17. The system for back lighting a liquid crystal display according to claim 10, wherein said pitch gradient increasingly varies a depth of said plurality of grooves continuously from the point proximal to said light collector to the point distal to said light collector.
18. The system for back lighting a liquid crystal display according to claim 10, wherein said pitch gradient varies a depth of said plurality of grooves in a predetermined groups of said grooves from a point proximal to said light collector to a point distal to said light collector.
19. A communication receiver, comprising:
a receiver for receiving message information including an address;
a decoder, coupled to said receiver, for decoding the address to detect message information directed to the communication receiver;
a display for displaying information including the received message information;
a controller, responsive to said decoder and coupled to said display, for controlling the display of the information including the message information and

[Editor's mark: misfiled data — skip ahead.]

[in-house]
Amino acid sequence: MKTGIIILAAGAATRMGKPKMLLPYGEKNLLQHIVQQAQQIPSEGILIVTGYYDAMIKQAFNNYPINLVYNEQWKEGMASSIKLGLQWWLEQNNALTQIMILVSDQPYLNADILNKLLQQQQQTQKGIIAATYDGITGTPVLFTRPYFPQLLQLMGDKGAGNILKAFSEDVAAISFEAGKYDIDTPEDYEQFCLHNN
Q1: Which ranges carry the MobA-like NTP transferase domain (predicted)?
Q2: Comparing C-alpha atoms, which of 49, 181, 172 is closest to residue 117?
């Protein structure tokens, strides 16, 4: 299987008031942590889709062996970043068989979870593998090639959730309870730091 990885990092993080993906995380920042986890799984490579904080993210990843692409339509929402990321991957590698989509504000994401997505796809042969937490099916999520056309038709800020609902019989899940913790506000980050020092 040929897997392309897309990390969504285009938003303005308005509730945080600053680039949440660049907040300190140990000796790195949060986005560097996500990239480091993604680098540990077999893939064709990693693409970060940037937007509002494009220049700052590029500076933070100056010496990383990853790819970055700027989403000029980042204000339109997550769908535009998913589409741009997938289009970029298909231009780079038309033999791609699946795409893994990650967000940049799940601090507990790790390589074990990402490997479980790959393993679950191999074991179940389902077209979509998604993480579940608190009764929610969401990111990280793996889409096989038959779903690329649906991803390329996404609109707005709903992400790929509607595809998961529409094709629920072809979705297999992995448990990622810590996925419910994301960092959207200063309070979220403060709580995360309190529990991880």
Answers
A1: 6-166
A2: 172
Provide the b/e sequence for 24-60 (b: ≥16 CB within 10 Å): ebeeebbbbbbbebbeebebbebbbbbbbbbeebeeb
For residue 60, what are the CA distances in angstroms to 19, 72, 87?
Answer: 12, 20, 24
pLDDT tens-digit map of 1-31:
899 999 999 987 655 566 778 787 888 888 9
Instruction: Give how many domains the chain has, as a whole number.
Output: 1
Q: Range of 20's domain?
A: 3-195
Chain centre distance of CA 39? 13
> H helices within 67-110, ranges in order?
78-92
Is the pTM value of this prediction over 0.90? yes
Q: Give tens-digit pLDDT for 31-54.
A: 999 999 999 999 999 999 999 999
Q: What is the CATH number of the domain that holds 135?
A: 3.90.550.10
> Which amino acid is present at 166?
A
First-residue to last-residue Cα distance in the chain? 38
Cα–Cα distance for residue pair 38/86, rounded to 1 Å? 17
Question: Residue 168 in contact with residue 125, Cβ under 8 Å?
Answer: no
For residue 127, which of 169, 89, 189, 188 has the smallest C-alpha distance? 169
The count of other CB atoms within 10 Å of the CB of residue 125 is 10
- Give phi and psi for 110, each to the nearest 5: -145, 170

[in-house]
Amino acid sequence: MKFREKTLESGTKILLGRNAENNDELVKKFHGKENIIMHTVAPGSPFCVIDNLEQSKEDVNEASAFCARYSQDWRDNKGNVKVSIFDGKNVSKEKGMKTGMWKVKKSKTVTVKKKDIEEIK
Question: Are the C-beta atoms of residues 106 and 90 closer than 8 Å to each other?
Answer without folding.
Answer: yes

a back lighting system, responsive to information being displayed on said display, comprising
a lamp, responsive to said controller, for generating light for illumination;
a light director, optically coupled to said lamp, and further coupled to a light distributor at an edge normal to a major axis thereof, for directing the light received from said lamp into said light distributor, and
said light distributor comprising a transparent material and having a polished, top surface, and a bottom surface comprising a predetermined serration pattern oriented normal to said major axis of said light distributor,
said predetermined serration pattern comprising a plurality of grooves having a predetermined pitch gradient corresponding thereto,
said plurality of grooves further having roughened surfaces for diffusing light impinging thereon toward said polished, planar top surface, and
whereby the light impinging on said polished, planar top surface at less than a critical angle from said roughened surfaces of said grooves is coupled there through to substantially uniformly illuminate the information including the message information being displayed on said display.
20. The communication receiver according to claim 19, wherein said communication receiver further includes a switch activatable by a user and coupled to said controller, for controlling the illumination provided by said lamp.
Description
BACKGROUND OF THE INVENTION

1. Field of the Invention

The present invention relates generally to the field of display backlight diffusers, and more particularly to an enhanced light diffuser for a liquid crystal display.

2. Description of the Prior Art